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Caffeine and Athletic Sports Performance: what is the relation?

The famous ‘Coffee ‘ is culturally present in the routine of several people in different parts of the globe.

This tradition, even without intention, may be leading some people to improve their physical performance in training.

This effect is due to a substance contained in the coffee called caffeine, a substance that has been widely studied by its relationship with the improvement of sports performance.

But what is caffeine and how does it influence sports performance?

Find out everything in this article!

Caffeine: What is it?

According to McLellan, Caldwell and Lieberman

“Caffeine is one of the most widely consumed foods and supplements in the world.”

Caffeine is a substance that can be naturally found in various plants.

According to the International society of sports nutrition, caffeine is quickly absorbed by our body and appears in the bloodstream between 15 to 45 minutes after its consumption, reaching its peak 1 hour after its ingestion.

Many mechanisms are proposed to explain the benefits of caffeine in performance, but the most consolidated is the action of caffeine as an antagonist of adenosine receivers (i.e., contradicting the action of adenosine-a compound which influences the transfer of energy at the cellular level and has a “relaxing” effect).

This feature leads to an activation of the Central nervous system (causes an excitation effect), increasing the alert status and diminishing the perception of the effort – something that will be essential in improving the sports performance.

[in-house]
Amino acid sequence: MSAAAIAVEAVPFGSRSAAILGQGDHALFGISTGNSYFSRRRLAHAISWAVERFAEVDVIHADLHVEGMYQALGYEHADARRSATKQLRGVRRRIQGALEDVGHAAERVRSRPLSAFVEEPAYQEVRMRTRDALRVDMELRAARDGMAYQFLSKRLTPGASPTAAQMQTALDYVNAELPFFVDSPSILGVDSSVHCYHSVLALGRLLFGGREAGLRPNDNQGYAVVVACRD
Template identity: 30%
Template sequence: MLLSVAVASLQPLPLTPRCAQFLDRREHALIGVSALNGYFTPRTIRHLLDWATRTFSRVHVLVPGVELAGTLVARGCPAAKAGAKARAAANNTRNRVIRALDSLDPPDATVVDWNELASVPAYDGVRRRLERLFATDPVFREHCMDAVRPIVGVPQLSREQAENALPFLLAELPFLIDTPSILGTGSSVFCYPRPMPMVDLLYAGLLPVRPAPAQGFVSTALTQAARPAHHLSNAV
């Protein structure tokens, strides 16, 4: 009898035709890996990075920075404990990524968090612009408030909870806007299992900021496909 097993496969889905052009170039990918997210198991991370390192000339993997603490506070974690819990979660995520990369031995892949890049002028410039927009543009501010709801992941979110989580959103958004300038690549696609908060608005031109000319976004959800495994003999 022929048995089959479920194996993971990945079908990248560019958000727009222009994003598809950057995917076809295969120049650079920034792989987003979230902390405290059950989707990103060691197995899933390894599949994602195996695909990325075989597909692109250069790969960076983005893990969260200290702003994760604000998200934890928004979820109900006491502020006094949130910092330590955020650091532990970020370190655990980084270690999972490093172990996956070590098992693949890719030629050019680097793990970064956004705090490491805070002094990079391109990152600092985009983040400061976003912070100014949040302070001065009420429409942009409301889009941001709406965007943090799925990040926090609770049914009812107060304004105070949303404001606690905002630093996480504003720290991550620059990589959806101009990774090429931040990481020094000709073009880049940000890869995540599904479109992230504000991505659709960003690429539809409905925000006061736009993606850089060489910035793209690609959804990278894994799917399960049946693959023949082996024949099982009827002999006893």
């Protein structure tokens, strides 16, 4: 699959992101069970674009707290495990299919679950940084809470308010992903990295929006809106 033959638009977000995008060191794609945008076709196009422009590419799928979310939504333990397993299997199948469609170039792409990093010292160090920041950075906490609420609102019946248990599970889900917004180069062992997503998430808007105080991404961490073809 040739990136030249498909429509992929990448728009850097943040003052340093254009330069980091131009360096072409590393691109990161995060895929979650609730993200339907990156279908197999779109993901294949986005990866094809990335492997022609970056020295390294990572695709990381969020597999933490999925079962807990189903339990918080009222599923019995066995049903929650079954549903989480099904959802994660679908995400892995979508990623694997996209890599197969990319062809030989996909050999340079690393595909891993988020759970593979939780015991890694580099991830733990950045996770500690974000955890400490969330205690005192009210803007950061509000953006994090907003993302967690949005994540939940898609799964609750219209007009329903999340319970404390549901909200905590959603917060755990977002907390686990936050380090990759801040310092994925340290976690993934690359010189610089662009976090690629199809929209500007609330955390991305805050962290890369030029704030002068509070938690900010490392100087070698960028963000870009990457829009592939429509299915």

Caffeine and Sports Performance: what is the relationship

coffee and sports performance

The previous factors, the activation of the Central nervous system, the increase of the alert state and the decrease in the perception of the effort, are related to an improvement of the physical and cognitive performance, such as the article “International society of sports nutrition position stand: caffeine and performance” indicates:

“(…) it is possible that caffeine acts on central nervous system as an adenosine antagonist, but may also have an effect on substrate metabolism and neuromuscular function.”

These characteristics make the caffeine a great supplement for sports that have long periods of duration and need a lot of concentration, but also for sports that have less duration and that are intense.

Effects of caffeine supplementation on long-term sports

long-term sports

Examples of long-term sports:

  • Marathons
  • Cycling competitions
  • Collective sports (e.g. football and basketball)
  • Combat sports (such as MMA)

Some of the benefits in caffeine supplementation in these sports are:

Effect of caffeine supplementation in short-term sports

quick exercise

Already in the short-term exercises requiring high intensity and strength (sprints and bodybuilding, for example), there are still some doubts about its effectiveness.

However, several studies have been conducted to prove that caffeine influences sports performance also in this type of activities.

Some studies have concluded that caffeine seems to lead to a:

“The addition of caffeine to the carbohydrate-electrolyte solution improved sprinting performance, countermovement jumping, and the subjective experiences of players.”

  • Increased strength, mainly in upper limb exercises (arm, pectoral, shoulder)
  • Increased power

According to Grgic, Trexler, Lazinica and Pedisic: